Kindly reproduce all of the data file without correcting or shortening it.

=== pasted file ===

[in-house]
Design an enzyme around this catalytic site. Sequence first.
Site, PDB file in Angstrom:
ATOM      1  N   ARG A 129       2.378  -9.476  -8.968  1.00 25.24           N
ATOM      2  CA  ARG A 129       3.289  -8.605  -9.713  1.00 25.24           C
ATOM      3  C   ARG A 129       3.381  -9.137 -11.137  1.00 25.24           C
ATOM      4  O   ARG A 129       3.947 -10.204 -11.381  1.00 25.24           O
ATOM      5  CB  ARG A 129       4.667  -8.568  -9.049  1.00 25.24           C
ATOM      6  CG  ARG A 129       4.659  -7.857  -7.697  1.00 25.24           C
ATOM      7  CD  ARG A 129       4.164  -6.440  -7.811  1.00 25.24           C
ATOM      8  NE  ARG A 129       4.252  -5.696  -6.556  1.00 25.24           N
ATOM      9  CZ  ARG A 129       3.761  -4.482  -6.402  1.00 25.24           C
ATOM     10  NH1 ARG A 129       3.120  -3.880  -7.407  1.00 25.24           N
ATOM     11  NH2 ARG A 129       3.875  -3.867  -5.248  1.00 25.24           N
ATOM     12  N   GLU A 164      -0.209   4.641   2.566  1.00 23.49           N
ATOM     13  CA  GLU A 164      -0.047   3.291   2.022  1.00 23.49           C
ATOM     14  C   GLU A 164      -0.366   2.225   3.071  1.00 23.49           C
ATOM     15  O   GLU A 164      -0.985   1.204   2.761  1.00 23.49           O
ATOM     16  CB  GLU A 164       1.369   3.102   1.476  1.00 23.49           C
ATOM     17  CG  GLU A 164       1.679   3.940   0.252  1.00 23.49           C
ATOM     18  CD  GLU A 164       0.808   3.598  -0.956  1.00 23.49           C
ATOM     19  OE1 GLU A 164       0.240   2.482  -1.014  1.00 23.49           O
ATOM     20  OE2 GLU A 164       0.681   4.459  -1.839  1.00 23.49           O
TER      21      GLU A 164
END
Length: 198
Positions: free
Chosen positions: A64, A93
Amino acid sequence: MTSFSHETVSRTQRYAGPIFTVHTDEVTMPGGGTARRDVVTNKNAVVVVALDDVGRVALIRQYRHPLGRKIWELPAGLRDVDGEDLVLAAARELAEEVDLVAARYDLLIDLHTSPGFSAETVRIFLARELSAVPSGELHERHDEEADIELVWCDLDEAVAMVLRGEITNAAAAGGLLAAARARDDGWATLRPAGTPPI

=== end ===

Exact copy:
[in-house]
Design an enzyme around this catalytic site. Sequence first.
Site, PDB file in Angstrom:
ATOM      1  N   ARG A 129       2.378  -9.476  -8.968  1.00 25.24           N
ATOM      2  CA  ARG A 129       3.289  -8.605  -9.713  1.00 25.24           C
ATOM      3  C   ARG A 129       3.381  -9.137 -11.137  1.00 25.24           C
ATOM      4  O   ARG A 129       3.947 -10.204 -11.381  1.00 25.24           O
ATOM      5  CB  ARG A 129       4.667  -8.568  -9.049  1.00 25.24           C
ATOM      6  CG  ARG A 129       4.659  -7.857  -7.697  1.00 25.24           C
ATOM      7  CD  ARG A 129       4.164  -6.440  -7.811  1.00 25.24           C
ATOM      8  NE  ARG A 129       4.252  -5.696  -6.556  1.00 25.24           N
ATOM      9  CZ  ARG A 129       3.761  -4.482  -6.402  1.00 25.24           C
ATOM     10  NH1 ARG A 129       3.120  -3.880  -7.407  1.00 25.24           N
ATOM     11  NH2 ARG A 129       3.875  -3.867  -5.248  1.00 25.24           N
ATOM     12  N   GLU A 164      -0.209   4.641   2.566  1.00 23.49           N
ATOM     13  CA  GLU A 164      -0.047   3.291   2.022  1.00 23.49           C
ATOM     14  C   GLU A 164      -0.366   2.225   3.071  1.00 23.49           C
ATOM     15  O   GLU A 164      -0.985   1.204   2.761  1.00 23.49           O
ATOM     16  CB  GLU A 164       1.369   3.102   1.476  1.00 23.49           C
ATOM     17  CG  GLU A 164       1.679   3.940   0.252  1.00 23.49           C
ATOM     18  CD  GLU A 164       0.808   3.598  -0.956  1.00 23.49           C
ATOM     19  OE1 GLU A 164       0.240   2.482  -1.014  1.00 23.49           O
ATOM     20  OE2 GLU A 164       0.681   4.459  -1.839  1.00 23.49           O
TER      21      GLU A 164
END
Length: 198
Positions: free
Chosen positions: A64, A93
Amino acid sequence: MTSFSHETVSRTQRYAGPIFTVHTDEVTMPGGGTARRDVVTNKNAVVVVALDDVGRVALIRQYRHPLGRKIWELPAGLRDVDGEDLVLAAARELAEEVDLVAARYDLLIDLHTSPGFSAETVRIFLARELSAVPSGELHERHDEEADIELVWCDLDEAVAMVLRGEITNAAAAGGLLAAARARDDGWATLRPAGTPPI